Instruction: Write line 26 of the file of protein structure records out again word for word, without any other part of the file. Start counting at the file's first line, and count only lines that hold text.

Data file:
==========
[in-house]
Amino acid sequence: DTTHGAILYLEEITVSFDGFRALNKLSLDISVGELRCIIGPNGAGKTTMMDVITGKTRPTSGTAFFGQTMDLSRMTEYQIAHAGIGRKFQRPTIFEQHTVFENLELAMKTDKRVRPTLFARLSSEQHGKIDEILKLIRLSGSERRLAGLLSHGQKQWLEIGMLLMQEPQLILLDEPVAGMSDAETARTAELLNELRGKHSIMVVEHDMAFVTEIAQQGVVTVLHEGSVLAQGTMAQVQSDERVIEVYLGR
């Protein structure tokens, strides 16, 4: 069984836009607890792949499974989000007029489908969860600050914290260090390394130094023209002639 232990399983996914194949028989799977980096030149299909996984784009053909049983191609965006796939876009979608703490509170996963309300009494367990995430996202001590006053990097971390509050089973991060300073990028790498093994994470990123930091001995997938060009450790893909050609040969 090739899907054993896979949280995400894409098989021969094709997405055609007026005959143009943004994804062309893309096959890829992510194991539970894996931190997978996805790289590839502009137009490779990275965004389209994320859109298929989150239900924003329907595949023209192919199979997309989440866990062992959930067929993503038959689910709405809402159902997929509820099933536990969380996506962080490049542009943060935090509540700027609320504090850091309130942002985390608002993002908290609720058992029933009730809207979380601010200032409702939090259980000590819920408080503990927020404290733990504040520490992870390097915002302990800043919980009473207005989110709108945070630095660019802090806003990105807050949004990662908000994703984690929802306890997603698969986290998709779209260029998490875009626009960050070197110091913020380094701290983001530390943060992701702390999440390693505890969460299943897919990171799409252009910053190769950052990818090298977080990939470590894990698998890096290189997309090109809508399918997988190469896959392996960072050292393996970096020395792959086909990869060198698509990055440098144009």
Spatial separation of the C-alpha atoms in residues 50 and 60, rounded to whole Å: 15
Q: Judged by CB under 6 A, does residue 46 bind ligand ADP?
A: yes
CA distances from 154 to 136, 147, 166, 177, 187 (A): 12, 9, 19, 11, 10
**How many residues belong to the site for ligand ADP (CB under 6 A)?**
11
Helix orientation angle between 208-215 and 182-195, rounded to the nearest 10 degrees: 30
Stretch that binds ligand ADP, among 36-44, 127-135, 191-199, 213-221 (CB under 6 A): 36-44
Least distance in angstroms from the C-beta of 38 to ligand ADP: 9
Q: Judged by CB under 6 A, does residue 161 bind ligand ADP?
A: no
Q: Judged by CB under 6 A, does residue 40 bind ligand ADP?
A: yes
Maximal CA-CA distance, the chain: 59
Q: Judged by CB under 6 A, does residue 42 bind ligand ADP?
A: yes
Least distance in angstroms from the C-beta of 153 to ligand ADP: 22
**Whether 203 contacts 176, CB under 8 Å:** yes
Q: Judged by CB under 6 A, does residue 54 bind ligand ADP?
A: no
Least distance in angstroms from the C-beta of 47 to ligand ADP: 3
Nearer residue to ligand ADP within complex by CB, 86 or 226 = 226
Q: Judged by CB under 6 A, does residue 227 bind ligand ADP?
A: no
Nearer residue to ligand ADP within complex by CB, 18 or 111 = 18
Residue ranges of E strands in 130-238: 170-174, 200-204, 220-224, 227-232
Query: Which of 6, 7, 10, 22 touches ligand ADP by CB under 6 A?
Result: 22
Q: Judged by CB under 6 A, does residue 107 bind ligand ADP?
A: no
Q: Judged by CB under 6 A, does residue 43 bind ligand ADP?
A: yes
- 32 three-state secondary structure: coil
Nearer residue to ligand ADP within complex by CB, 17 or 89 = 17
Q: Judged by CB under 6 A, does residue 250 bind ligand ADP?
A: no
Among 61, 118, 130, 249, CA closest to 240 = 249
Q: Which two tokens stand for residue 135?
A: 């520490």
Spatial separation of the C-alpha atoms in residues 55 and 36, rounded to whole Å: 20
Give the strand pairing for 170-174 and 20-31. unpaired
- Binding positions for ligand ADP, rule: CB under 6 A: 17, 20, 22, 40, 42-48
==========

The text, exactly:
Q: Judged by CB under 6 A, does residue 227 bind ligand ADP?